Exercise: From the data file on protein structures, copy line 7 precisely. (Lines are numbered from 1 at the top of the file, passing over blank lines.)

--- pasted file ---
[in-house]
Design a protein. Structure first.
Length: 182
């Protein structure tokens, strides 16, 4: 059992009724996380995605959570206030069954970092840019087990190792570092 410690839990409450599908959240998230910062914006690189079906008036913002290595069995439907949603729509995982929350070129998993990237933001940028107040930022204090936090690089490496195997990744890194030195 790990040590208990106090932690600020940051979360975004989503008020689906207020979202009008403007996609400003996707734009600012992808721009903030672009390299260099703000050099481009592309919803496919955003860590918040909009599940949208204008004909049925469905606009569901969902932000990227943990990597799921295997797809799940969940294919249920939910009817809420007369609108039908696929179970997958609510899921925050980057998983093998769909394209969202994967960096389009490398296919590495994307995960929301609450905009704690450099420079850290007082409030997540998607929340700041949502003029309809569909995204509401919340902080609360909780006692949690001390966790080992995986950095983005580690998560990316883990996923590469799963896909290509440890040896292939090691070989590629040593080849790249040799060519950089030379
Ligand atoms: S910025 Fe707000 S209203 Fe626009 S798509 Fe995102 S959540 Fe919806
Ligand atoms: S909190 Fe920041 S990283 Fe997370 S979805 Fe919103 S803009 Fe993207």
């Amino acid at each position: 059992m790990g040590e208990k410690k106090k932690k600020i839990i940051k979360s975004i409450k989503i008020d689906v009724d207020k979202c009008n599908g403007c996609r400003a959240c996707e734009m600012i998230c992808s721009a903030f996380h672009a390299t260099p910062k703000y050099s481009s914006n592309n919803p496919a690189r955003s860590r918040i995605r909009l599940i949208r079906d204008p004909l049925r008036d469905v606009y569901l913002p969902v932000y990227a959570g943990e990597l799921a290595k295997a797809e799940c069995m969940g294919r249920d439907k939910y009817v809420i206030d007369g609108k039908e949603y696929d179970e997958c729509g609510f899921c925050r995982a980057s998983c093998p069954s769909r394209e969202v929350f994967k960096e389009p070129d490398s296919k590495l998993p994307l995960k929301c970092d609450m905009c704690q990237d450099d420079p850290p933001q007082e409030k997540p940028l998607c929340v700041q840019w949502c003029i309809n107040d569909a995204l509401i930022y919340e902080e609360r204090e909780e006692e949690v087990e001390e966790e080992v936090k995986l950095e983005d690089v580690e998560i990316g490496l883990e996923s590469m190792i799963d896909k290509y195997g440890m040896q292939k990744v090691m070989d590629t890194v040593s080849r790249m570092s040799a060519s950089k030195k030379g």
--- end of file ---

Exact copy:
């Amino acid at each position: 059992m790990g040590e208990k410690k106090k932690k600020i839990i940051k979360s975004i409450k989503i008020d689906v009724d207020k979202c009008n599908g403007c996609r400003a959240c996707e734009m600012i998230c992808s721009a903030f996380h672009a390299t260099p910062k703000y050099s481009s914006n592309n919803p496919a690189r955003s860590r918040i995605r909009l599940i949208r079906d204008p004909l049925r008036d469905v606009y569901l913002p969902v932000y990227a959570g943990e990597l799921a290595k295997a797809e799940c069995m969940g294919r249920d439907k939910y009817v809420i206030d007369g609108k039908e949603y696929d179970e997958c729509g609510f899921c925050r995982a980057s998983c093998p069954s769909r394209e969202v929350f994967k960096e389009p070129d490398s296919k590495l998993p994307l995960k929301c970092d609450m905009c704690q990237d450099d420079p850290p933001q007082e409030k997540p940028l998607c929340v700041q840019w949502c003029i309809n107040d569909a995204l509401i930022y919340e902080e609360r204090e909780e006692e949690v087990e001390e966790e080992v936090k995986l950095e983005d690089v580690e998560i990316g490496l883990e996923s590469m190792i799963d896909k290509y195997g440890m040896q292939k990744v090691m070989d590629t890194v040593s080849r790249m570092s040799a060519s950089k030195k030379g």